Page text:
‘Miong’ was originally written in 1999 by Joy Virata (with additional lyrics by Freddie Santos) and music by Ian Monsod and originally directed by Zenaida Amador. 20 years later, REP restages the musical about Emilio Aguinaldo’s life and directed by Joy Virata herself, who has cut out a full hour from the original script to a present a “shortened, exhilarating version” according to REP President Mindy Perez Rubio.
Completely sung through, ‘Miong’ is a quick run through the events of a young Emilio Aguinaldo in roughly two hours and in two acts from his childhood until he declares Philippine Independence in June 12, 1898. From his beginnings, born into a middle class provincial family all the way until his election as the first president of the Republic of the Philippines, this condensed, shorter version of the story ends up becoming a confusing, rapid succession of events that doesn’t give us a proper picture of heroism and the character behind the man who declared our country independent from Spain.
There is so much starkness in this staging of ‘Miong.’ From the choices of canned music rather than live, to cutting down the cast to 30 (which makes the epic-scaled music seem small), to the bare stage that frames the story, ‘Miong’ feels empty in its exploration of patriotism. Story-wise, the 27 songs quickly runs down events in Aguinaldo’s life that doesn’t always lead up to a story that propels us to the major decisions at the end of the play.
There is a whole number dedicated to Aguinaldo as he drops out of college to venture on the trade ship in the song ‘San Bartolome’ where he courts the woman Genoveva, a lovely little song number, but this whole song doesn’t carry any real context with it. This experience does nothing to inform us of who Aguinaldo is and how it relates to the decisions that he makes later on in act two.
It presents the Spanish colonizers as enemies with one song number and two small instances of the horrors that they did but the play takes it for granted that they are the villains of this story. It prefers to tell rather than shows and so there is no emotional investment created in the 27 songs that tells Aguinaldo’s story.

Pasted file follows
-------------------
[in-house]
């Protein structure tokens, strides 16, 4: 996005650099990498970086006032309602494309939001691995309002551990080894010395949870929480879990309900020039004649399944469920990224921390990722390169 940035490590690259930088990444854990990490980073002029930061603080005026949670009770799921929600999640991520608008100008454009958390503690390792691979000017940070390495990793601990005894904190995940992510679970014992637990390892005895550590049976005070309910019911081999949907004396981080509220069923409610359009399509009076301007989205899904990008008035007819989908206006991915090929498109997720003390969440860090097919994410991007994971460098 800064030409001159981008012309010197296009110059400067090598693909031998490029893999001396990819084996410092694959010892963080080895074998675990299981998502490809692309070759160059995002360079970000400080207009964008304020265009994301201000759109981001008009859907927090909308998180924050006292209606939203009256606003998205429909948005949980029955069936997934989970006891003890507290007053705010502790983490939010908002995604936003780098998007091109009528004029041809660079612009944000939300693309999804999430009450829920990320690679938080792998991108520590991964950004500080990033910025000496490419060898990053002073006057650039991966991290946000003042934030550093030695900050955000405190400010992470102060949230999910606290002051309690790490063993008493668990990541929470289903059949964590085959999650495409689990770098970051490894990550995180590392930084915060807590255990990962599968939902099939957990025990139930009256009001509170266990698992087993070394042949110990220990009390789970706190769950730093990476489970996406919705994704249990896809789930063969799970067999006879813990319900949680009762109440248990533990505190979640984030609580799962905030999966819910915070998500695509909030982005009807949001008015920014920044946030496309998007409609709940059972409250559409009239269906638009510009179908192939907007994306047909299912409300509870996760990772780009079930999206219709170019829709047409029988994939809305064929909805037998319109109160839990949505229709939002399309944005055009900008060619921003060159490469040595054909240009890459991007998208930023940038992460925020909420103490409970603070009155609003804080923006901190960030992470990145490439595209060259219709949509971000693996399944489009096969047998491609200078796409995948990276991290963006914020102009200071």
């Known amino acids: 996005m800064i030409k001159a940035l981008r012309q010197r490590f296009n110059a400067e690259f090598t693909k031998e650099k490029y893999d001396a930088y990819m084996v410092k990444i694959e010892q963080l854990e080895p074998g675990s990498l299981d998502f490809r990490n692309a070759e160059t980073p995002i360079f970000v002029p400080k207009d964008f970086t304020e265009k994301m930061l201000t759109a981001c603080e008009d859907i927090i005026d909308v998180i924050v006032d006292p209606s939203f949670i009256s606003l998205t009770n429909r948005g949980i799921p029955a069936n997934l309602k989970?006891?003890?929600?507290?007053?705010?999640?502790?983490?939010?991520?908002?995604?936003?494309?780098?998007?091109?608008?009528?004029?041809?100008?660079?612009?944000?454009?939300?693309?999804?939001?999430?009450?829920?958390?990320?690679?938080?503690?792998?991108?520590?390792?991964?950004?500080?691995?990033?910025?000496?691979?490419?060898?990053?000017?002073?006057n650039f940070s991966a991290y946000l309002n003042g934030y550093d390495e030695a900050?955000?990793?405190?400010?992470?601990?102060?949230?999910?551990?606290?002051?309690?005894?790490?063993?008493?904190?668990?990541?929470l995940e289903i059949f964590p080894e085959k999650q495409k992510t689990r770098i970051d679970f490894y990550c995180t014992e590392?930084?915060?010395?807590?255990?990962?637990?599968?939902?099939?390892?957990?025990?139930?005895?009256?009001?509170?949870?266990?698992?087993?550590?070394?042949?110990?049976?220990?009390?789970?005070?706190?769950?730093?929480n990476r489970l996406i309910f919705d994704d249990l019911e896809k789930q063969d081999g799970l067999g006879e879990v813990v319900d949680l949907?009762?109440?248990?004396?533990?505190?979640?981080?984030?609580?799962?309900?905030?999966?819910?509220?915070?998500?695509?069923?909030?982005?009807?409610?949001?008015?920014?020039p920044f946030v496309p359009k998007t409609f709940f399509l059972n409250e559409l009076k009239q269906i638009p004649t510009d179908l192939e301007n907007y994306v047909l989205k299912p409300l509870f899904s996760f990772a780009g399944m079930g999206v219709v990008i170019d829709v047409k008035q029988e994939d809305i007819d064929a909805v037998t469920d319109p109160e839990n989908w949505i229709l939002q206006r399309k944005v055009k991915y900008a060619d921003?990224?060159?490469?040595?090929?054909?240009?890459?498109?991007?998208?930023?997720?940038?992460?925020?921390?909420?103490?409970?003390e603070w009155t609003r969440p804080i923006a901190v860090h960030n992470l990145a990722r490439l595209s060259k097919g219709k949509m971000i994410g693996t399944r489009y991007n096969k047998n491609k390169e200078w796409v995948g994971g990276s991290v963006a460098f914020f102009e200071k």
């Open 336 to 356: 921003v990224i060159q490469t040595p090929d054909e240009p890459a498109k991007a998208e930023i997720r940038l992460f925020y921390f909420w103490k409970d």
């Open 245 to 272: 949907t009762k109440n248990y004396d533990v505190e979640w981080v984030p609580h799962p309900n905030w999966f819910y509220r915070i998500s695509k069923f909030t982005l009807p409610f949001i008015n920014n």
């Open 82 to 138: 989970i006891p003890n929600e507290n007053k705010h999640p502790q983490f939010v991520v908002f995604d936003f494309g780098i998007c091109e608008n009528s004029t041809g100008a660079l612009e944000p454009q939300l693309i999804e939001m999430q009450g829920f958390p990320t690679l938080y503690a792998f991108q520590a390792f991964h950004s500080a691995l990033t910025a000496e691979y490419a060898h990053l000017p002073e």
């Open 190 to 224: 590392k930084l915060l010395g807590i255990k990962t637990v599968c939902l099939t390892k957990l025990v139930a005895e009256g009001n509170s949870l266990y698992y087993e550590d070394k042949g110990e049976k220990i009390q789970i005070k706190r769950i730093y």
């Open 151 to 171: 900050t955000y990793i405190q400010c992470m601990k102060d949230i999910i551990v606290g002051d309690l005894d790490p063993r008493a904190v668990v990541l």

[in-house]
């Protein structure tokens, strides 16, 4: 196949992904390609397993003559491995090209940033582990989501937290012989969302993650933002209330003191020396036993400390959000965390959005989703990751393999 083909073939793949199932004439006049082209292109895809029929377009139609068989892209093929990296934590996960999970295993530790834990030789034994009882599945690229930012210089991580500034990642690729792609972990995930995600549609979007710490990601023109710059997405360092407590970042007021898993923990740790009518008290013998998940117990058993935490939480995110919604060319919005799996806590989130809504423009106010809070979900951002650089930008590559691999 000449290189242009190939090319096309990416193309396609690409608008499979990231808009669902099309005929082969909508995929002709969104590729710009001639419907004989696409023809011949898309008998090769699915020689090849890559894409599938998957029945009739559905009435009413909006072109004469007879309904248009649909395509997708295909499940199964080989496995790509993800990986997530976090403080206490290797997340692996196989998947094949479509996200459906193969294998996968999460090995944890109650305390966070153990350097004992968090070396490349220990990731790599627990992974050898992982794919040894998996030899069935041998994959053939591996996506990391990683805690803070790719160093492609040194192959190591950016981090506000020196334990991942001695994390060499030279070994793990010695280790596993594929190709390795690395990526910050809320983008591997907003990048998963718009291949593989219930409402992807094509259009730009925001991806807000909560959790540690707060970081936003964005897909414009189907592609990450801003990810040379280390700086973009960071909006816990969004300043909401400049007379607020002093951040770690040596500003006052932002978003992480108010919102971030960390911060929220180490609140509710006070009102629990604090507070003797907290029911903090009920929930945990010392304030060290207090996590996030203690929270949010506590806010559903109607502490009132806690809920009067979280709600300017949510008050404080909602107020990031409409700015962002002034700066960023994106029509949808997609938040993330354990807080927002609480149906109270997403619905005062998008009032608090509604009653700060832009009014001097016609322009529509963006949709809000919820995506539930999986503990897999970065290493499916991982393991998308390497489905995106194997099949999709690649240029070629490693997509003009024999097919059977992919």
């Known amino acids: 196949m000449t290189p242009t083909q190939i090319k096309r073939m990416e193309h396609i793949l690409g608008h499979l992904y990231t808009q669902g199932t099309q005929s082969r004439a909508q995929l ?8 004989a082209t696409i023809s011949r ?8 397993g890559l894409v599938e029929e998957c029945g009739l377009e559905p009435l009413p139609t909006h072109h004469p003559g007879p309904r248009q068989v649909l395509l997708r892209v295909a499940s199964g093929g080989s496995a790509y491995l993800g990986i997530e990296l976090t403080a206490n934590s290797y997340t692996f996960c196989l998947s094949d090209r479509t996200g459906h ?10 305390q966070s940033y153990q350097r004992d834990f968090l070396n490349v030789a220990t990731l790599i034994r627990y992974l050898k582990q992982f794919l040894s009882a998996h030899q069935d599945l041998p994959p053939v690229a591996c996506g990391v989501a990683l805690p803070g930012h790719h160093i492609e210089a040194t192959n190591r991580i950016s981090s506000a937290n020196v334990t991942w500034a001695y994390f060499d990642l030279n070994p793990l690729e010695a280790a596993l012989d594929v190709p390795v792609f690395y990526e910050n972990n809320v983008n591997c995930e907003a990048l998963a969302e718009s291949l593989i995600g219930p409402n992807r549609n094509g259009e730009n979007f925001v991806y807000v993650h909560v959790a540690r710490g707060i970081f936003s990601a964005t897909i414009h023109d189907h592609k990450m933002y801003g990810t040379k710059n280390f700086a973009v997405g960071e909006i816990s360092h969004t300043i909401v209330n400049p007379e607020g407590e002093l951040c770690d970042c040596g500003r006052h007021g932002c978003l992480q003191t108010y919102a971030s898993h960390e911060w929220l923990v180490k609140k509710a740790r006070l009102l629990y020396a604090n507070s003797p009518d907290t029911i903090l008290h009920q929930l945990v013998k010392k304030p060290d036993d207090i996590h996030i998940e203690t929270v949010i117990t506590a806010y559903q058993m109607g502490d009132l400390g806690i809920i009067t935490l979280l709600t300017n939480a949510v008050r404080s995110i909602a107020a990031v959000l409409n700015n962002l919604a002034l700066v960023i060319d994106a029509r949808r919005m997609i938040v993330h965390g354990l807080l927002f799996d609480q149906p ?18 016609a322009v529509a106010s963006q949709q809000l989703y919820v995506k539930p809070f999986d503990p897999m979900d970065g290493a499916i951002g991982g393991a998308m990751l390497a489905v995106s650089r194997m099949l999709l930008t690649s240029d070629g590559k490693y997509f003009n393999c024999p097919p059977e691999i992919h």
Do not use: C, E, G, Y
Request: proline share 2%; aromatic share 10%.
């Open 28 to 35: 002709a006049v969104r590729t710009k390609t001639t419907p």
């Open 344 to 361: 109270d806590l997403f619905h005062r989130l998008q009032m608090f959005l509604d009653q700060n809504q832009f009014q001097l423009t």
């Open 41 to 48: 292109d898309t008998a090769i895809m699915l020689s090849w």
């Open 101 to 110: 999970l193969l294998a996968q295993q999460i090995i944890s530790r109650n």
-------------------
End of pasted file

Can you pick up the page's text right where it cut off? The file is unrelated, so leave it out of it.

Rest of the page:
He sees his future wife Yayang, they share a song number and by the next song, they get married, and then afterwards, she wants to join him in his revolution. The music, not being live, subtracts from the intensity of these moments and while there are times when it becomes as big and as soaring as the many themes that run through them, they try to do too much and the lyrics falls short in giving this narrative breadth nor the characters any chance to explore depth.
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It merely scratches the surface of these moments and not really giving us the meat and bones to properly digest what we are seeing. The cast, led by Timmy Pavino, are all wonderful singers and as much as they throw their whole heart into the story, the choices of scenes and songs doesn’t give the momentum it needs for its larger scenes.
An example of this is the whole argument between Aguinaldo and Bonifacio is done within two or three songs while in the midst of battle. It jumps from idea to idea without giving us a chance to take it all in.
The biggest question I have, though, is the motivation behind a revival of a 20 year old musical about Emilio Aguinaldo when so much has happened since that has changed our perception of the first Philippine president. In this era of films like ‘Heneral Luna’ and ‘Goyo’ that has presented its own account of Aguinaldo’s actions, the play and its restaging doesn’t do anything to answer these new questions. It insists on an older viewpoint without adding anything new to the debate.
And in this era of renewed nationalism, there is something off about an English musical about Philippine independence. The play makes use of Filipino imagery and portrays the Spanish colonisation as an evil thing, yet the characters are all singing in English while saying words like “magdalo” and “Caviteno” while interspersing Spanish chants. When the Americans come, they have song with a distinctly American jazz flair, but the fact that they are singing in the same language as everyone else, there is a textuality that feels off.
By the end, when the theme of the national anthem comes in before it transitions into the finale ‘How Beautiful is Our Flag,’ it feels wrong that the song is in English while they wave the newly presented Philippine flag before the audience.
For a play that is set to inspire patriotism and elicit a sense of nationalism and respect for our history, an English musical seems like the wrong move. It might have been okay 20 years ago but in 2019, it doesn’t quite soar like Ian Monsod’s original score. ‘Miong’ could have been bigger. It should have been. It needed the full production — large sets, crowds of people on the stage, live music — to capture the grandness of the themes that it is trying to portray.
And it needed to be more than just snapshots of plot points. Heroism, especially in this day and age of political unrest and questions of nationalism and what it means to be patriotic, is not just something we gloss over in a song or a well-intentioned tableau. It’s something that must be delved into. With a country at war with itself, just like in the play, we need clearer reasons to wave our flag than just a final song number.
Miong runs until March 10, with both evening shows and matinees, at Onstage Theater, Greenbelt 1. Purchase tickets (P1,500 / Orchestra Center – Reserved Seating; P1,200 / Orchestra Sides – Free Seating) by calling REP at 451-1474, Ticketworld at 891-9999, or online at www.ticketworld.com.ph